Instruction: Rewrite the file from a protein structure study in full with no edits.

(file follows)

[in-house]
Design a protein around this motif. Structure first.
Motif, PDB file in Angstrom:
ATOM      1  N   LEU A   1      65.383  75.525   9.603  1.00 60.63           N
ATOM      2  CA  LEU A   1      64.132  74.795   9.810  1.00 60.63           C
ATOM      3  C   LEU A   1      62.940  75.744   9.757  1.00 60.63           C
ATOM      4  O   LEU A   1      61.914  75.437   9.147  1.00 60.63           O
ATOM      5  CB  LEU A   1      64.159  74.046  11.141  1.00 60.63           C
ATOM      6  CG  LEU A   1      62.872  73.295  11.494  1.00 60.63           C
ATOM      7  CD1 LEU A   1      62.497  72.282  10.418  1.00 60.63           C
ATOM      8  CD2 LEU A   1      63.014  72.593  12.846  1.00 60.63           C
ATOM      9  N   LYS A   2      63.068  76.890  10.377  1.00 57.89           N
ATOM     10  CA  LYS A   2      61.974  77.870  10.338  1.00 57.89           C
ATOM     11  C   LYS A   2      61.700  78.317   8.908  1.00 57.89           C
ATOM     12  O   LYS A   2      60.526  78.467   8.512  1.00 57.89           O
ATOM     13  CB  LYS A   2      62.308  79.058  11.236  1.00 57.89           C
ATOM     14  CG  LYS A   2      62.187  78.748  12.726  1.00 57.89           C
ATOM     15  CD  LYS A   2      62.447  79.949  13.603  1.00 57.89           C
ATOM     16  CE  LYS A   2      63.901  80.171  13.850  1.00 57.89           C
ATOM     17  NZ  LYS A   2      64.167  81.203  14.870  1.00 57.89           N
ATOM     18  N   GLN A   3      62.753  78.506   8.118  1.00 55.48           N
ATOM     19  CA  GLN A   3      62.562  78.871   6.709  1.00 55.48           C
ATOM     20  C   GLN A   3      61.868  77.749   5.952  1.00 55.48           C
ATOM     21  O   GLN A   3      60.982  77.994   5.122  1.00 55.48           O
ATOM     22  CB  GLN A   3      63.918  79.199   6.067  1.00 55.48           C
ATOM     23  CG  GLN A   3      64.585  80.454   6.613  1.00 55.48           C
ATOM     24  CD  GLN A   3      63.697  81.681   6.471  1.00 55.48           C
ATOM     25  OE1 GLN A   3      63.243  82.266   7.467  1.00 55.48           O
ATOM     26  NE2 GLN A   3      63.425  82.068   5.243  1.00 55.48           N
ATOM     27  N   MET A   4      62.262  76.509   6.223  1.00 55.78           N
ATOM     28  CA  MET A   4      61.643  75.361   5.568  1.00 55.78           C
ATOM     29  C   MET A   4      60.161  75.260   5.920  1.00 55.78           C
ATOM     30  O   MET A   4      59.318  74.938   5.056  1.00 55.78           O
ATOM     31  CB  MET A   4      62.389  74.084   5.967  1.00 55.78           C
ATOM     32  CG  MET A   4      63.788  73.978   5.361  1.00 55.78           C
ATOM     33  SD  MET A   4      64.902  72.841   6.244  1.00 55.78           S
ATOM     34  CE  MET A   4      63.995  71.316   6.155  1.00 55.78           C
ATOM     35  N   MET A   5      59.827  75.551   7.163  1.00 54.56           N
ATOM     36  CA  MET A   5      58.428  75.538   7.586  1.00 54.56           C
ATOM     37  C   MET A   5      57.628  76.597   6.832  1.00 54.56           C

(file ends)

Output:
[in-house]
Design a protein around this motif. Structure first.
Motif, PDB file in Angstrom:
ATOM      1  N   LEU A   1      65.383  75.525   9.603  1.00 60.63           N
ATOM      2  CA  LEU A   1      64.132  74.795   9.810  1.00 60.63           C
ATOM      3  C   LEU A   1      62.940  75.744   9.757  1.00 60.63           C
ATOM      4  O   LEU A   1      61.914  75.437   9.147  1.00 60.63           O
ATOM      5  CB  LEU A   1      64.159  74.046  11.141  1.00 60.63           C
ATOM      6  CG  LEU A   1      62.872  73.295  11.494  1.00 60.63           C
ATOM      7  CD1 LEU A   1      62.497  72.282  10.418  1.00 60.63           C
ATOM      8  CD2 LEU A   1      63.014  72.593  12.846  1.00 60.63           C
ATOM      9  N   LYS A   2      63.068  76.890  10.377  1.00 57.89           N
ATOM     10  CA  LYS A   2      61.974  77.870  10.338  1.00 57.89           C
ATOM     11  C   LYS A   2      61.700  78.317   8.908  1.00 57.89           C
ATOM     12  O   LYS A   2      60.526  78.467   8.512  1.00 57.89           O
ATOM     13  CB  LYS A   2      62.308  79.058  11.236  1.00 57.89           C
ATOM     14  CG  LYS A   2      62.187  78.748  12.726  1.00 57.89           C
ATOM     15  CD  LYS A   2      62.447  79.949  13.603  1.00 57.89           C
ATOM     16  CE  LYS A   2      63.901  80.171  13.850  1.00 57.89           C
ATOM     17  NZ  LYS A   2      64.167  81.203  14.870  1.00 57.89           N
ATOM     18  N   GLN A   3      62.753  78.506   8.118  1.00 55.48           N
ATOM     19  CA  GLN A   3      62.562  78.871   6.709  1.00 55.48           C
ATOM     20  C   GLN A   3      61.868  77.749   5.952  1.00 55.48           C
ATOM     21  O   GLN A   3      60.982  77.994   5.122  1.00 55.48           O
ATOM     22  CB  GLN A   3      63.918  79.199   6.067  1.00 55.48           C
ATOM     23  CG  GLN A   3      64.585  80.454   6.613  1.00 55.48           C
ATOM     24  CD  GLN A   3      63.697  81.681   6.471  1.00 55.48           C
ATOM     25  OE1 GLN A   3      63.243  82.266   7.467  1.00 55.48           O
ATOM     26  NE2 GLN A   3      63.425  82.068   5.243  1.00 55.48           N
ATOM     27  N   MET A   4      62.262  76.509   6.223  1.00 55.78           N
ATOM     28  CA  MET A   4      61.643  75.361   5.568  1.00 55.78           C
ATOM     29  C   MET A   4      60.161  75.260   5.920  1.00 55.78           C
ATOM     30  O   MET A   4      59.318  74.938   5.056  1.00 55.78           O
ATOM     31  CB  MET A   4      62.389  74.084   5.967  1.00 55.78           C
ATOM     32  CG  MET A   4      63.788  73.978   5.361  1.00 55.78           C
ATOM     33  SD  MET A   4      64.902  72.841   6.244  1.00 55.78           S
ATOM     34  CE  MET A   4      63.995  71.316   6.155  1.00 55.78           C
ATOM     35  N   MET A   5      59.827  75.551   7.163  1.00 54.56           N
ATOM     36  CA  MET A   5      58.428  75.538   7.586  1.00 54.56           C
ATOM     37  C   MET A   5      57.628  76.597   6.832  1.00 54.56           C